Bruno Michel

Bruno Michel received a Ph.D. degree in biochemistry and computer engineering from the University of Zurich and subsequently joined the IBM Zurich Research Laboratory to work on scanning probe microscopy and its applications to molecules and thin organic films. He introduced accurate large-area soft lithography and later started the Advanced Thermal Packaging group in response to the needs of the industry for improved thermal interfaces and better miniaturized convective cooling. Important research topics are microtechnology / microfluidics for nature inspired miniaturized hierarchical supply networks, 3D packaging, and reduced thermal resistance to improve efficiency in future green datacenters and in sustainable energy conversion processes. His central focus is to make computer more efficient by miniaturization and volumetric densification and to help massively reduce the carbon footprint of the Information Industry. His Research is targeted to replace Moore’s law with a biologically inspired roadmap to reach the functional density and efficiency of our brain. As part of the recently started smart system Initiative he develops data driven medical technologies based on efficient, miniaturized cognitive wearables, edge, and cloud computers. The effort spans from new sensing principles to multi sensor data analytics and cognitive computing and brings sensing, computing, and artificial or augmented intelligence much closer to humans thereby making it much more valuable and useful.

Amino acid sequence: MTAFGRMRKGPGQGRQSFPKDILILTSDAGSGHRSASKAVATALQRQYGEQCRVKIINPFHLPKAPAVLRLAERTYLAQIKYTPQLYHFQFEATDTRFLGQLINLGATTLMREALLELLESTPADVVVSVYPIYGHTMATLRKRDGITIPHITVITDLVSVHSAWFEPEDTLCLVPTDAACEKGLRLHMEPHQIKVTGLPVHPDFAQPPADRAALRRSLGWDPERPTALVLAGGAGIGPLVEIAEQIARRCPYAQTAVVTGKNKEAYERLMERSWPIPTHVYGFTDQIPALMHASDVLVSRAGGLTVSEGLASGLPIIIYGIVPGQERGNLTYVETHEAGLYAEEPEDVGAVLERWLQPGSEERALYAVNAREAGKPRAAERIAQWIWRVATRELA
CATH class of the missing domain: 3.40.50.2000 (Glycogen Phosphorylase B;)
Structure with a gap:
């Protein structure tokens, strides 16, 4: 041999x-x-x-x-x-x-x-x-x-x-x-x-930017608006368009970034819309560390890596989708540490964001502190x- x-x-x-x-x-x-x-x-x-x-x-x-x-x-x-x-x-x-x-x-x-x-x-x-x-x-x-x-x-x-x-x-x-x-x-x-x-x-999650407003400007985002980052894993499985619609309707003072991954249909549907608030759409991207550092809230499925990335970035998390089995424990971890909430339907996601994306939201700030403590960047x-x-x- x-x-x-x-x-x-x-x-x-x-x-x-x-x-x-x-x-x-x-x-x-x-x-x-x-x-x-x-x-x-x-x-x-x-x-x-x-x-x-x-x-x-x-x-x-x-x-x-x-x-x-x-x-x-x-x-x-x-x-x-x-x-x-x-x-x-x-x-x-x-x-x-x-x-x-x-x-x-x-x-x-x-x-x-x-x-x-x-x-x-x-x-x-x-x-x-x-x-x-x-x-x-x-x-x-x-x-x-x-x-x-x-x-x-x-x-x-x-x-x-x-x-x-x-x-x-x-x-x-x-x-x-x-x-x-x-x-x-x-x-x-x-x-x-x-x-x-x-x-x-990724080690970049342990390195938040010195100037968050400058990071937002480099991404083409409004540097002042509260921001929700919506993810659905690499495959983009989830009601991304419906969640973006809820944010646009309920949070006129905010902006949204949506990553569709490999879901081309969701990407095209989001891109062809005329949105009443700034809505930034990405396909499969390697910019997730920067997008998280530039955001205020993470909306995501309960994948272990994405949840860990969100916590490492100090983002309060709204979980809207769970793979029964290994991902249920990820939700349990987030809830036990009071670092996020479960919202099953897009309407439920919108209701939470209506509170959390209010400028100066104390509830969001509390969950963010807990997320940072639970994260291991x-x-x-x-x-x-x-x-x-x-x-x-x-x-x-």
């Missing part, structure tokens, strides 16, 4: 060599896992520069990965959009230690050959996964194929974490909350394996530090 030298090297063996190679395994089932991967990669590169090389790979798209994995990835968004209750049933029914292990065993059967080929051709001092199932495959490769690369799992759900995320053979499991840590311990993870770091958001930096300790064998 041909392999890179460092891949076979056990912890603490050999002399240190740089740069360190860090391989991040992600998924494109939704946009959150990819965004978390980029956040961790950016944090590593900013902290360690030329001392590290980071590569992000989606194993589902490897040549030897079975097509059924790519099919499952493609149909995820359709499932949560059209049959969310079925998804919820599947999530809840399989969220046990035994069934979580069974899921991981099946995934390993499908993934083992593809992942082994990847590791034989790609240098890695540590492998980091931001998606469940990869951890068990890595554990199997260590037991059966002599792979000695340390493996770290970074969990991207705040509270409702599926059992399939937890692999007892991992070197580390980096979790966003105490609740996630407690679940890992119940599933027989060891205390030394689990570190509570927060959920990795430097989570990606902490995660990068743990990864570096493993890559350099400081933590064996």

Bruno Michel has worked to make computers more compact, efficient and powerful using bionic or bioinspired concepts bringing forth major positive impacts on the information and energy industries. He is a leading cross-disciplinary innovator both at the level of scientific breakthroughs as well as at an applied technological level. He is member of the National Academy of Engineering and of IBM’s Academy of Technology. He is IEEE fellow and recipient of IEEE THERMI and Harvey Rosten Awards. He has published more than 300 scientific as well as technical papers with more than 22’000 citations (h-index 75). He holds 160 patents and received an IBM patent portfolio award and several outstanding technology achievement awards.

In a recent TED talk Bruno Michel shares an optimistic view about the battle between natural and artificial intelligence: by investing in our mental fitness — through tap dancing, for example — we can stay competitive with sophisticated AI.